I was being interviewed by the Texas Tribune’s Terri Langford for this story in late June, and in the course of our conversation, she asked a question that I often hear: “What difference does all of this make? Does an agent really matter?” That question has been turning over in my mind for weeks now. I think I finally have an answer, so let’s s leave the topic of training fees today to discuss it.

I have to admit that when Terri asked me this question, I stumbled a bit. I should have had a ready answer, because the very question gets at the legitimacy of the entire sports representation industry. I don’t take the question personally; after all, I’m no agent, have never been an agent, and have no plans to be one. Still, many of my closest friends in the business are the most established contract advisors in the business, and others are trying to get there.

I guess the thing that irks me most is that whenever someone in the business — often a coach, a school official or a compliance professional — asks that question, their real agenda is to dismiss agents, though that wasn’t Terri’s intention.  So, next time I get this question, I’ll have an answer in two parts.

Here’s the first part. Let’s say you were accused of murder. Your life is on the line, and obviously, you need a lawyer. How would you go about finding one? Would you just settle for whoever the court appointed for you? Would you Google ‘defense lawyer’ and then just take the first guy that popped up in your browser? Would you just call a buddy who’d had legal trouble and take whoever he recommended? Of course not. You’d gather as much information as you possibly could, get educated on the charges you face, and try to find the most experienced and successful attorney you could afford.

Finding the right agent is very comparable for a young man aspiring to play in the NFL. The only difference is that his professional life, not his actual life, is what’s on the line. When a coach, school official, or other person forbids any contact between agents and players or their parents, he’s essentially taking away that research process.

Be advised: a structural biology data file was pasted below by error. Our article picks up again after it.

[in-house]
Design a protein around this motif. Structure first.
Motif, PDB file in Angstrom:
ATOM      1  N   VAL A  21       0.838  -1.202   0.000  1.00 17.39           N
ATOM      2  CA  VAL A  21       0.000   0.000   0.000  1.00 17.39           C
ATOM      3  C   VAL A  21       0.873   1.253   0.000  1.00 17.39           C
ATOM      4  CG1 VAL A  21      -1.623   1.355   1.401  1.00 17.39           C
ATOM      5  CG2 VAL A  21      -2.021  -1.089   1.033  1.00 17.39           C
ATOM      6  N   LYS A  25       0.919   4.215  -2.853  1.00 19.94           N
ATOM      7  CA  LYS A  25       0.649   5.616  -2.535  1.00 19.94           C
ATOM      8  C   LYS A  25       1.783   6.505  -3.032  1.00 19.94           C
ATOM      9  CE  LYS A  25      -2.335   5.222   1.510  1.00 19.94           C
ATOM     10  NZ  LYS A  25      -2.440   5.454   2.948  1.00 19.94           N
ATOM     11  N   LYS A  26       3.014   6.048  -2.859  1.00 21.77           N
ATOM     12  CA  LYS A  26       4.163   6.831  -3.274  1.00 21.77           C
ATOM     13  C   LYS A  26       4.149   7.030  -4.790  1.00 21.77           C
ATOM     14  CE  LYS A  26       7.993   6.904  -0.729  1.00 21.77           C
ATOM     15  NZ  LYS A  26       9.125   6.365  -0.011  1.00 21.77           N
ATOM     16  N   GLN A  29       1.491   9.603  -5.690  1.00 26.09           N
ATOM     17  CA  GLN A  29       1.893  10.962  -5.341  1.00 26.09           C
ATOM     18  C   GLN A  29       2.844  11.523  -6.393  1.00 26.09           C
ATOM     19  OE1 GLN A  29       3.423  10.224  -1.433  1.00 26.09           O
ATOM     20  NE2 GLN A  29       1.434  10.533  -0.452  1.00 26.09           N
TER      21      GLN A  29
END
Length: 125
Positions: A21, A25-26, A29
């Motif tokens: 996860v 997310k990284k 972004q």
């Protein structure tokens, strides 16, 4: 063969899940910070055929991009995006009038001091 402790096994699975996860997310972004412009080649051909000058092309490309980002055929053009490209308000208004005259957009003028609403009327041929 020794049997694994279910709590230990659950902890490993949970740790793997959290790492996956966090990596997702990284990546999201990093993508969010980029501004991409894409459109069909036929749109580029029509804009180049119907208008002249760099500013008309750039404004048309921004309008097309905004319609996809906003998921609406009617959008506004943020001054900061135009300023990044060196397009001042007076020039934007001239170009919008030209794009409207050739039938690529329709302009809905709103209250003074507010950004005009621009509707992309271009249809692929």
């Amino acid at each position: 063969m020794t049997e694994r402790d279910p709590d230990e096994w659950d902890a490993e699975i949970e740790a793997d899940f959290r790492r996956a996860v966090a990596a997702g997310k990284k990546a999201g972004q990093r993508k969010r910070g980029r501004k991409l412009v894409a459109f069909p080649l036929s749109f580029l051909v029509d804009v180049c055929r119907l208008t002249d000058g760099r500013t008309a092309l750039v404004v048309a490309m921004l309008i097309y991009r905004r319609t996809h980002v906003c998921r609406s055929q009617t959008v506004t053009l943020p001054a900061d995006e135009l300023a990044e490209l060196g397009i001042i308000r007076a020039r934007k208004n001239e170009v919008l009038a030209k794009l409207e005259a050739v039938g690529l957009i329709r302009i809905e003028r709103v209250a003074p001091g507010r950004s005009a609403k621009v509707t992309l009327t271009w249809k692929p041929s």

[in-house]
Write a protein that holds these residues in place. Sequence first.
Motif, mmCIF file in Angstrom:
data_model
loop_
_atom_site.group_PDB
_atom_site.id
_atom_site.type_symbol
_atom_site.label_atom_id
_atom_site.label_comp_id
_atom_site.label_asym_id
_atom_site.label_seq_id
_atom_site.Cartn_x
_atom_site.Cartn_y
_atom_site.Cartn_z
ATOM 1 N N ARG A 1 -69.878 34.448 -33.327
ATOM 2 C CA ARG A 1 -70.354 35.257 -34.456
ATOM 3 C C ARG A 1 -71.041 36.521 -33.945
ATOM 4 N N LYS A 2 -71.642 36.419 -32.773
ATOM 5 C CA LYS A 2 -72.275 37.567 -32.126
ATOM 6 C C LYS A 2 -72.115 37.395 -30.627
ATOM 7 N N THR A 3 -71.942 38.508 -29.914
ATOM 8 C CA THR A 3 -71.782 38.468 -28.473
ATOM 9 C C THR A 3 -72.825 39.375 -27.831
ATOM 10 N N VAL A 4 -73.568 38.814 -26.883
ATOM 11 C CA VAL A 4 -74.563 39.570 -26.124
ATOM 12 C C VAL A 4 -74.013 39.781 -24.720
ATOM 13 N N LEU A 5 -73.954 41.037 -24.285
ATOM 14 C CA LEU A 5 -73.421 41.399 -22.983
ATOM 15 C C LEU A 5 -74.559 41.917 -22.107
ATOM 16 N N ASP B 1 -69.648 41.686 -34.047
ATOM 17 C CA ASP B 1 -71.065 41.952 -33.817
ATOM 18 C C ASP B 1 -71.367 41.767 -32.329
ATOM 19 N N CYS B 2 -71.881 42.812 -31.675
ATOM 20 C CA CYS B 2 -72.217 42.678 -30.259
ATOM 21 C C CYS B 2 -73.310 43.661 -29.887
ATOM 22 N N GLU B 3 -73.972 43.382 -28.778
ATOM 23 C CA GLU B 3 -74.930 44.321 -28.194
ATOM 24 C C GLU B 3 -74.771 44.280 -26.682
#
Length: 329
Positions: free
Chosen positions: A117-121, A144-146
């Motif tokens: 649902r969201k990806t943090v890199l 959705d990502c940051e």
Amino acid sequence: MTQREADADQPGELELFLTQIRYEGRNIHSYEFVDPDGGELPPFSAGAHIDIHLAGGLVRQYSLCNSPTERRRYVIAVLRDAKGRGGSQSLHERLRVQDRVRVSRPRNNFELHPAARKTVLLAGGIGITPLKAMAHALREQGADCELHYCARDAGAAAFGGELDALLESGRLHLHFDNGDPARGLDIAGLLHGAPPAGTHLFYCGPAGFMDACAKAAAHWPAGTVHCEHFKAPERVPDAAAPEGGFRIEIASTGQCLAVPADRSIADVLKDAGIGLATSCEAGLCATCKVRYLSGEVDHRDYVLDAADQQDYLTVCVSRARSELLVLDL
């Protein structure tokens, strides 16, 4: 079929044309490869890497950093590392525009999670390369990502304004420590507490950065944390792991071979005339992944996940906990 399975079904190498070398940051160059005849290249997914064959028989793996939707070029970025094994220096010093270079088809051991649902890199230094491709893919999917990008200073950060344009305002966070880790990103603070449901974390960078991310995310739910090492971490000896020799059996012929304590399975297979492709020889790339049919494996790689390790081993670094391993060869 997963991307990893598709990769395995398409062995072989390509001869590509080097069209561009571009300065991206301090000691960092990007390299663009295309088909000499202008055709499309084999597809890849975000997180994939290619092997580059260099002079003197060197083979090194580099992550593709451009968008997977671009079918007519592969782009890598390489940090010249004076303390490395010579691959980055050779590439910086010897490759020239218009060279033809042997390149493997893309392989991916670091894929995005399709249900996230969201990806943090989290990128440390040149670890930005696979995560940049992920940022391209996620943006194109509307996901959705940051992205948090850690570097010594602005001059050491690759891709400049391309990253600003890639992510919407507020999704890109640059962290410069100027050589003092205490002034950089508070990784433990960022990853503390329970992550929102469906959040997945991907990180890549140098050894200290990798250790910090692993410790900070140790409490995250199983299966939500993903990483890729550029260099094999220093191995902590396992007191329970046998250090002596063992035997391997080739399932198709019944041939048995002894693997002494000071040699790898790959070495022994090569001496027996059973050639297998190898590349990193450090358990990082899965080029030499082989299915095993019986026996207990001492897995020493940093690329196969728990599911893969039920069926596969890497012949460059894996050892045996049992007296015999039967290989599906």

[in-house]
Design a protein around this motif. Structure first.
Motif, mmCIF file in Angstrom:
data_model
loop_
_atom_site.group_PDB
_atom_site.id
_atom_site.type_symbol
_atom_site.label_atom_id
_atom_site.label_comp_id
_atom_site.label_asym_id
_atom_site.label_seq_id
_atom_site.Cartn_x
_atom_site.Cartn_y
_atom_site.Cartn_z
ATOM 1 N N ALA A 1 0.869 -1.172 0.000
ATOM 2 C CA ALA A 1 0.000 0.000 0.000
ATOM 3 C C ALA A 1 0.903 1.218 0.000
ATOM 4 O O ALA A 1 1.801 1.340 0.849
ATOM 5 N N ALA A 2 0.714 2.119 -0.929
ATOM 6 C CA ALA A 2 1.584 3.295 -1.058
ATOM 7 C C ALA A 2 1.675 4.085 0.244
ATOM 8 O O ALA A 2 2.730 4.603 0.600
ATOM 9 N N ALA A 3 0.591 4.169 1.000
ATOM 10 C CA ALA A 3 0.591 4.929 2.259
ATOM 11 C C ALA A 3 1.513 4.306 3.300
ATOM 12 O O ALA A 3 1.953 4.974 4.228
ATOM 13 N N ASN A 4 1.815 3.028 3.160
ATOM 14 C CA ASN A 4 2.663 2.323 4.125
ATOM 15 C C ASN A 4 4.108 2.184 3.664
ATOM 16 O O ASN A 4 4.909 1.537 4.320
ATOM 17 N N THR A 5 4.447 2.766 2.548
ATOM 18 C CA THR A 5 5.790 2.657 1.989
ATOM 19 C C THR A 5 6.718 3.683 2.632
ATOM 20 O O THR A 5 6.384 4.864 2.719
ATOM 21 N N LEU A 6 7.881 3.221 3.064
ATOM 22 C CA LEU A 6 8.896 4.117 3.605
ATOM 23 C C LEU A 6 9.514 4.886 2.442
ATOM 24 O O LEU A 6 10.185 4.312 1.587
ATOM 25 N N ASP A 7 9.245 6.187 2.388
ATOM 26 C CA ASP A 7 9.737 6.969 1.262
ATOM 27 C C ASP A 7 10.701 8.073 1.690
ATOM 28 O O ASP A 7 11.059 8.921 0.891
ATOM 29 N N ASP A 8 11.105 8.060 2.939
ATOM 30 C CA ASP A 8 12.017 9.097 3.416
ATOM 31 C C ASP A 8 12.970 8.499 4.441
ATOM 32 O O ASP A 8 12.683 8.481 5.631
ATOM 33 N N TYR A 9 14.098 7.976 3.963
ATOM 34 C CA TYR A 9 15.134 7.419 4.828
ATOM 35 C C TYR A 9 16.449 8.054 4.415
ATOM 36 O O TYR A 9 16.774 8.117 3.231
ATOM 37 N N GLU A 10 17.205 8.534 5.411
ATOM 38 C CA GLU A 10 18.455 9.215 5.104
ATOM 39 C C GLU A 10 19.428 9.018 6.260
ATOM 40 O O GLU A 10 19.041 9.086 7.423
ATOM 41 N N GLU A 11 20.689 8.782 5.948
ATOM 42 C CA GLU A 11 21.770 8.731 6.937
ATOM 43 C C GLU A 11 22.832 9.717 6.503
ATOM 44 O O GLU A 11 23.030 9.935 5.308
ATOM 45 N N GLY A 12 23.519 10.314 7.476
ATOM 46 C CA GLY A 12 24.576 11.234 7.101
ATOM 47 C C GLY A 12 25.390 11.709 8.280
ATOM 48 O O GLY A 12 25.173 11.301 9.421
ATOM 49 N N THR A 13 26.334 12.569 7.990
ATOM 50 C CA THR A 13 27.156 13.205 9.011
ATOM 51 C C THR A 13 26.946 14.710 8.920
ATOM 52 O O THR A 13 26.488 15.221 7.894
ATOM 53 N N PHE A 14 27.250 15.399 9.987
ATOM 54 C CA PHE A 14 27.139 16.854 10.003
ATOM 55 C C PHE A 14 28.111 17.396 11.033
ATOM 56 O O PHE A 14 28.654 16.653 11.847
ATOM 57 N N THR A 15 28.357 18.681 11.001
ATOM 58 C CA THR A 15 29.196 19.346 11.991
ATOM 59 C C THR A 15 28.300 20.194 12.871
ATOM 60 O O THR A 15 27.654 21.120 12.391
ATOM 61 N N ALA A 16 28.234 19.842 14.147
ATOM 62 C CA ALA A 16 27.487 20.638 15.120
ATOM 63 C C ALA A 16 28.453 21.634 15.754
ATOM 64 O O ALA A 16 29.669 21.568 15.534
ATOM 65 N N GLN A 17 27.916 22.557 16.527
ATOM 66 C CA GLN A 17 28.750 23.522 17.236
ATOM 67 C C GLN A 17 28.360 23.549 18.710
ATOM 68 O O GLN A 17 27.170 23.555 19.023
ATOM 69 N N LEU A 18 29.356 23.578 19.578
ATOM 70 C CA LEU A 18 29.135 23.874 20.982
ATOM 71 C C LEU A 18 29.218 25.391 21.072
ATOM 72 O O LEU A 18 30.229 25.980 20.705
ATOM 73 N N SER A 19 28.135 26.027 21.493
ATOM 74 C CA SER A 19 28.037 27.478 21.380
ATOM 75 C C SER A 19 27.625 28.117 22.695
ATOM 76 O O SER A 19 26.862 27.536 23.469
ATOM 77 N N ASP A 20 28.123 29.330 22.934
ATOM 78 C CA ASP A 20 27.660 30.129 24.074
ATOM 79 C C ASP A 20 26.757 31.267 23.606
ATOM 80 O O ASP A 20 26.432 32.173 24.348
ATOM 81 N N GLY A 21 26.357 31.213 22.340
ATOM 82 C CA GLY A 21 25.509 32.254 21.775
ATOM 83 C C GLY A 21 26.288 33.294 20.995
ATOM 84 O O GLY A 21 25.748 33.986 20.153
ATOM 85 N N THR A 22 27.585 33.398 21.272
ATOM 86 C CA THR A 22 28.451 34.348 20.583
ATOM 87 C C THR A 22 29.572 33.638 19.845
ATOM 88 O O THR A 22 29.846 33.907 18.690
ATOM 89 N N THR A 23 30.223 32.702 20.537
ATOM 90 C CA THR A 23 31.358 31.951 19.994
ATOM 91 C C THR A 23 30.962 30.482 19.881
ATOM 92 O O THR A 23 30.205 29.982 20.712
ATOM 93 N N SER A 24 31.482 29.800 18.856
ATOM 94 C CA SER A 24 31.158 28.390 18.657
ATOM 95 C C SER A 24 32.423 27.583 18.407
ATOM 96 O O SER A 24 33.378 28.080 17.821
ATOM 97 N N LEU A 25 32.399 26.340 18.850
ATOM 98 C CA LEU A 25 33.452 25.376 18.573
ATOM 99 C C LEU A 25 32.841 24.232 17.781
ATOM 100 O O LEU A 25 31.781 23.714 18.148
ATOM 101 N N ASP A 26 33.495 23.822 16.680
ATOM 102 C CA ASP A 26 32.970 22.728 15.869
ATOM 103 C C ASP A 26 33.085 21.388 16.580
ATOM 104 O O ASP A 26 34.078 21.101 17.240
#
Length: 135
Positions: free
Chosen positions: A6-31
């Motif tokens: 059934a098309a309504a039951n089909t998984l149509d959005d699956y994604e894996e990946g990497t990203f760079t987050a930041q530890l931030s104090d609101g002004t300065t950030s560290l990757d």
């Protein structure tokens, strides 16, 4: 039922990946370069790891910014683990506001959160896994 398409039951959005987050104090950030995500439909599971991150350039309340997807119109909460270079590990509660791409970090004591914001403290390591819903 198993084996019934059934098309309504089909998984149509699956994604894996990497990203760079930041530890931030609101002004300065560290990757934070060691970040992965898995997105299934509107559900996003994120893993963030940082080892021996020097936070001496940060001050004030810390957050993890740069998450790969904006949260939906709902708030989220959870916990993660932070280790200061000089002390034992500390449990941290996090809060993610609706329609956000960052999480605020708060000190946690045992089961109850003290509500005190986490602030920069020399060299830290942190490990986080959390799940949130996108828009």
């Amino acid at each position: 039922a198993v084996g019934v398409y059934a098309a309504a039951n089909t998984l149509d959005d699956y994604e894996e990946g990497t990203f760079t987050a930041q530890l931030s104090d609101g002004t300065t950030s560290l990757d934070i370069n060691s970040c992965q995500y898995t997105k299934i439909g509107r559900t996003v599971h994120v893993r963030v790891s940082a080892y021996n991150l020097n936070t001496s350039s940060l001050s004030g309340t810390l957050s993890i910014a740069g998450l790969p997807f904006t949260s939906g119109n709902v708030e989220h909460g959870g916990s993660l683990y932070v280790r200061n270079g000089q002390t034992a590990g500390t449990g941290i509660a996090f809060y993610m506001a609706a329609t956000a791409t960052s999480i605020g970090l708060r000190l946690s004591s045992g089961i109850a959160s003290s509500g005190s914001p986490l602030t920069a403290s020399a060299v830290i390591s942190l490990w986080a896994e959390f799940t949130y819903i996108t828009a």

Here’s the second part. The Colts signed a tight end named Erik Swoope as an undrafted free agent this spring. Ever heard of him? Unless you are a fan of Miami (Fla.) basketball, probably not. However, I bet you’ve heard of Saints TE Jimmy Graham. Their stories are similar: played hoops for the ‘Canes, had limited football experience (no football experience, in Swoope’s case), and wanted to give tight end a try. They also have one other thing in common: their agent, CAA’s Jimmy Sexton. Now, if Swoope wasn’t a Sexton client, maybe he’d have gotten a shot with an NFL team. But having a powerful agent going to bat for you, and having that agent tell his NFL contacts that he’s got a guy who reminds him of another of his ultra-successful clients, is more than a little advantageous.

These reasons may seem intuitive, but I’ve never had them at the ready when I got the ‘what are agents for’ question. Now I do, and so do you.

War Story Wednesday tomorrow. We’ll have something good. Check us out then.